Rhiana Gunn-Wright: I think the first metric of that is justice. I think economic efficiency is really important but if it’s not gonna advance equity goals, then it’s really not where we want it to be. I’ll say that. I mean, I think that we’re not gonna go around inflating costs for no reason, right if there is a way that’s gonna hit the goals and also be cheaper, more, you know, contain cost more, then obviously, we are gonna be interested in that and putting that forward. But again, cost is not the main metric. We are thinking very hard about how you will pay for, what are various ways for it but we also recognize that this is a crisis is coming, it’s here and it’s gonna keep getting worse. So, even if it’s not climate change isn’t gonna stop because it goes, oh well, I mean that policy wasn’t up to snuff but it certainly was economically efficient and it have bipartisan support. So, you know, no polar vortex this year, they’ve tried. Right, if it’s not on the magnitude to bring down emissions on the scale that we need to, then it doesn’t really matter if it’s bipartisan and it doesn’t really matter it’s cheap. With that being said, obviously, it says things like technologically feasible because we are considering those factors and we are gonna be thoughtful about them but we are not gonna put economically feasible forward because we don’t want that to be the first consideration for folks.
Jason Bordoff: Do you think the kind of zero carbon economy that’s mapped out in here is technologically feasible what we have today or how important do you think government R&D spending is for new innovation technologies?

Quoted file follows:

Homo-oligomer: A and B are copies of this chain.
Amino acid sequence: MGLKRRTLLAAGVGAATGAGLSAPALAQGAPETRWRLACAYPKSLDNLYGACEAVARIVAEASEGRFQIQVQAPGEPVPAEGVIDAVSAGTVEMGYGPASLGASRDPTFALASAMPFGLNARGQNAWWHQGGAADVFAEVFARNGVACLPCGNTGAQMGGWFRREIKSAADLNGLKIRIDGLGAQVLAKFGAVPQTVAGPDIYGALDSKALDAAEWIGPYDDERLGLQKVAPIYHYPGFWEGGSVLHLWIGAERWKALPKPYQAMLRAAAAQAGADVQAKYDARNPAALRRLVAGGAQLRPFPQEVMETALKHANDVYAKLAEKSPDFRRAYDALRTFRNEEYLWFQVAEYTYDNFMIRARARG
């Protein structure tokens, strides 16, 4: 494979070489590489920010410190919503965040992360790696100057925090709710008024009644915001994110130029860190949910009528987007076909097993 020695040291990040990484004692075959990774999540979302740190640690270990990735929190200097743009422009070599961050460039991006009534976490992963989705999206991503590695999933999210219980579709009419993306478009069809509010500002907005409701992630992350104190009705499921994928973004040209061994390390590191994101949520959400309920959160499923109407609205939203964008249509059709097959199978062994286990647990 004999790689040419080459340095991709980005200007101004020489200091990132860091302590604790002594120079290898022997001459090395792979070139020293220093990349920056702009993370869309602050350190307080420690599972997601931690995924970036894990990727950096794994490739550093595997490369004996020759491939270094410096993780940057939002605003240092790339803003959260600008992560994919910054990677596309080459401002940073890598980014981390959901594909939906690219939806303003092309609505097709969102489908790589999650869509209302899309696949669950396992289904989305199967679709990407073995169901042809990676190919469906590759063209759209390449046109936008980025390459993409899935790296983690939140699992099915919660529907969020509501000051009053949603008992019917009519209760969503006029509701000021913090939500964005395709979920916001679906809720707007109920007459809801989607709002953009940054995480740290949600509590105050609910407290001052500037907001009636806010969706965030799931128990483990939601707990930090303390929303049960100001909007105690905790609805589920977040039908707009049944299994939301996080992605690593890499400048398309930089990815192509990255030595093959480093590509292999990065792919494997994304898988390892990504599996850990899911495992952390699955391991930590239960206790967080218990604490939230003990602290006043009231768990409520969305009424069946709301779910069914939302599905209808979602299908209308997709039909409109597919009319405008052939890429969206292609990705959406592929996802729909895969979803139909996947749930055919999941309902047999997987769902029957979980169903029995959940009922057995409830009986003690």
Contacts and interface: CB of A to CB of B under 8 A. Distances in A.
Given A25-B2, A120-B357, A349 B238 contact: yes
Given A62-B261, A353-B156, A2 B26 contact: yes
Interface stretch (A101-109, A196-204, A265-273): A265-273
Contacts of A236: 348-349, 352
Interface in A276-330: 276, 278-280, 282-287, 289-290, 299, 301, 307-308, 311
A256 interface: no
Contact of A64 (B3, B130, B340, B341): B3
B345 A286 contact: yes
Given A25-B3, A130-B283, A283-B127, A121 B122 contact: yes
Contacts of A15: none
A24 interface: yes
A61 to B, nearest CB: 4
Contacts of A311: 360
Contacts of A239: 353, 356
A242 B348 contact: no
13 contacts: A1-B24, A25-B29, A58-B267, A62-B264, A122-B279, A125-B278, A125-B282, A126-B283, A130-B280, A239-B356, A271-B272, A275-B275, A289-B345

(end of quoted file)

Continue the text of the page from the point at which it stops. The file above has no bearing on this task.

Rhiana Gunn-Wright: government R&D spending is crucial. We’re not gonna get to where we need to do, go without that. And I think we all know that. We can get part of the way there. It also depends on sector. We can get much further on power. So not energy like that includes you’re much further down the power.
Jason Bordoff: Industrial sector and high temperature processes.
Rhiana Gunn-Wright: We know that we have so far to go there and then transportation there is still so many questions about aviation, about shipping. We figured out some of long range truck gain but like we know that we need to probably integrate hydrogen fuel cells a bit more than right now we are very focused on battery electric, right and so I think we are… The question of technology is crucial and we are only going to get there with spending.
Jason Bordoff: You recall a couple of, I think it was a couple of weeks ago, I forget. There was a letter by that 600 environmental groups.
Rhiana Gunn-Wright: Yeah.
Jason Bordoff: Saying what they thought should be in the green new deal and not the major ones like EDF and NOTC and some others. But many. And it started with the restrictions on hydrocarbon supply. Leasing and pipelines and exports and all of that. That wasn’t mentioned in the resolution. It was not, why is that?
Rhiana Gunn-Wright: We’re still and not everything is gonna be mentioned in the resolution. The resolution is meant to present high level goals and I think in terms of and I think you’re referring to sort of like keep it in the ground.
Jason Bordoff: Yeah.